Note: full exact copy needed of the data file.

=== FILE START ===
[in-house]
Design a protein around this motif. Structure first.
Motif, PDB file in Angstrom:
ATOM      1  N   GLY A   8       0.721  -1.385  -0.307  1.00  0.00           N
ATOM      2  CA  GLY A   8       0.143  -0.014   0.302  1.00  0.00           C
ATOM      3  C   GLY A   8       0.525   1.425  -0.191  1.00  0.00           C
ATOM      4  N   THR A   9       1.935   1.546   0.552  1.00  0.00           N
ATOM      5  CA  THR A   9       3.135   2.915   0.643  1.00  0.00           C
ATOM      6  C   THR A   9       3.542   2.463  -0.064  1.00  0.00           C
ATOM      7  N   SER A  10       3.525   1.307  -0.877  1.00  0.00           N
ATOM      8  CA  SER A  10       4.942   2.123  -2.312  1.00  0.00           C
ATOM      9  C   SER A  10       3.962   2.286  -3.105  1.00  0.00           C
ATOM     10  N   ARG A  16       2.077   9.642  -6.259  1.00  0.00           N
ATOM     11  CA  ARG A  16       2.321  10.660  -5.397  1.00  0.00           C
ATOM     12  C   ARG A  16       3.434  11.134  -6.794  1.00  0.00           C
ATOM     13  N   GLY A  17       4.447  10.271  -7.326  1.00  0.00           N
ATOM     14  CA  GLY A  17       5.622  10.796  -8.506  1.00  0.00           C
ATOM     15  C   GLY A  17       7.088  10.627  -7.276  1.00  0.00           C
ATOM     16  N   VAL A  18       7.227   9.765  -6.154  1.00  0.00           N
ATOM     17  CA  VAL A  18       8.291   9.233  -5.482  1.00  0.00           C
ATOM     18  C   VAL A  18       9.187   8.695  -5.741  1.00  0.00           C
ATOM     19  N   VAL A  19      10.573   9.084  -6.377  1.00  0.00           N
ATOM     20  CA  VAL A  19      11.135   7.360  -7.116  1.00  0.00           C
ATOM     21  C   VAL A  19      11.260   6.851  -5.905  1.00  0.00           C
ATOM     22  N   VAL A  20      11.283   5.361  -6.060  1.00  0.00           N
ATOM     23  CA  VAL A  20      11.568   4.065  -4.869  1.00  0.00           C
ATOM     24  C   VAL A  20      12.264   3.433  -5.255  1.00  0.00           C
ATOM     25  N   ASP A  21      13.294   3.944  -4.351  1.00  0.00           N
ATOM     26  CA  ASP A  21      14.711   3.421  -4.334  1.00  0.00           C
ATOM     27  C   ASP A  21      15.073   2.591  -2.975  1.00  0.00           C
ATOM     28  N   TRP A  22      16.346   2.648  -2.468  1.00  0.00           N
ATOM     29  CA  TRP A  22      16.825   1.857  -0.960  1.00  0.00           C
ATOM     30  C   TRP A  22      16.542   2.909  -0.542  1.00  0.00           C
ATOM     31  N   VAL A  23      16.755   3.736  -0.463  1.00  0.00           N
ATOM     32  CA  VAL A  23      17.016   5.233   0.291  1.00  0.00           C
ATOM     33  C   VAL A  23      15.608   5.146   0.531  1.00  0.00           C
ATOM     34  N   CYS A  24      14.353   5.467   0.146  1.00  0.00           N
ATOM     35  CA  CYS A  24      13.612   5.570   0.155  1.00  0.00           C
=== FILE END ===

[in-house]
Design a protein around this motif. Structure first.
Motif, PDB file in Angstrom:
ATOM      1  N   GLY A   8       0.721  -1.385  -0.307  1.00  0.00           N
ATOM      2  CA  GLY A   8       0.143  -0.014   0.302  1.00  0.00           C
ATOM      3  C   GLY A   8       0.525   1.425  -0.191  1.00  0.00           C
ATOM      4  N   THR A   9       1.935   1.546   0.552  1.00  0.00           N
ATOM      5  CA  THR A   9       3.135   2.915   0.643  1.00  0.00           C
ATOM      6  C   THR A   9       3.542   2.463  -0.064  1.00  0.00           C
ATOM      7  N   SER A  10       3.525   1.307  -0.877  1.00  0.00           N
ATOM      8  CA  SER A  10       4.942   2.123  -2.312  1.00  0.00           C
ATOM      9  C   SER A  10       3.962   2.286  -3.105  1.00  0.00           C
ATOM     10  N   ARG A  16       2.077   9.642  -6.259  1.00  0.00           N
ATOM     11  CA  ARG A  16       2.321  10.660  -5.397  1.00  0.00           C
ATOM     12  C   ARG A  16       3.434  11.134  -6.794  1.00  0.00           C
ATOM     13  N   GLY A  17       4.447  10.271  -7.326  1.00  0.00           N
ATOM     14  CA  GLY A  17       5.622  10.796  -8.506  1.00  0.00           C
ATOM     15  C   GLY A  17       7.088  10.627  -7.276  1.00  0.00           C
ATOM     16  N   VAL A  18       7.227   9.765  -6.154  1.00  0.00           N
ATOM     17  CA  VAL A  18       8.291   9.233  -5.482  1.00  0.00           C
ATOM     18  C   VAL A  18       9.187   8.695  -5.741  1.00  0.00           C
ATOM     19  N   VAL A  19      10.573   9.084  -6.377  1.00  0.00           N
ATOM     20  CA  VAL A  19      11.135   7.360  -7.116  1.00  0.00           C
ATOM     21  C   VAL A  19      11.260   6.851  -5.905  1.00  0.00           C
ATOM     22  N   VAL A  20      11.283   5.361  -6.060  1.00  0.00           N
ATOM     23  CA  VAL A  20      11.568   4.065  -4.869  1.00  0.00           C
ATOM     24  C   VAL A  20      12.264   3.433  -5.255  1.00  0.00           C
ATOM     25  N   ASP A  21      13.294   3.944  -4.351  1.00  0.00           N
ATOM     26  CA  ASP A  21      14.711   3.421  -4.334  1.00  0.00           C
ATOM     27  C   ASP A  21      15.073   2.591  -2.975  1.00  0.00           C
ATOM     28  N   TRP A  22      16.346   2.648  -2.468  1.00  0.00           N
ATOM     29  CA  TRP A  22      16.825   1.857  -0.960  1.00  0.00           C
ATOM     30  C   TRP A  22      16.542   2.909  -0.542  1.00  0.00           C
ATOM     31  N   VAL A  23      16.755   3.736  -0.463  1.00  0.00           N
ATOM     32  CA  VAL A  23      17.016   5.233   0.291  1.00  0.00           C
ATOM     33  C   VAL A  23      15.608   5.146   0.531  1.00  0.00           C
ATOM     34  N   CYS A  24      14.353   5.467   0.146  1.00  0.00           N
ATOM     35  CA  CYS A  24      13.612   5.570   0.155  1.00  0.00           C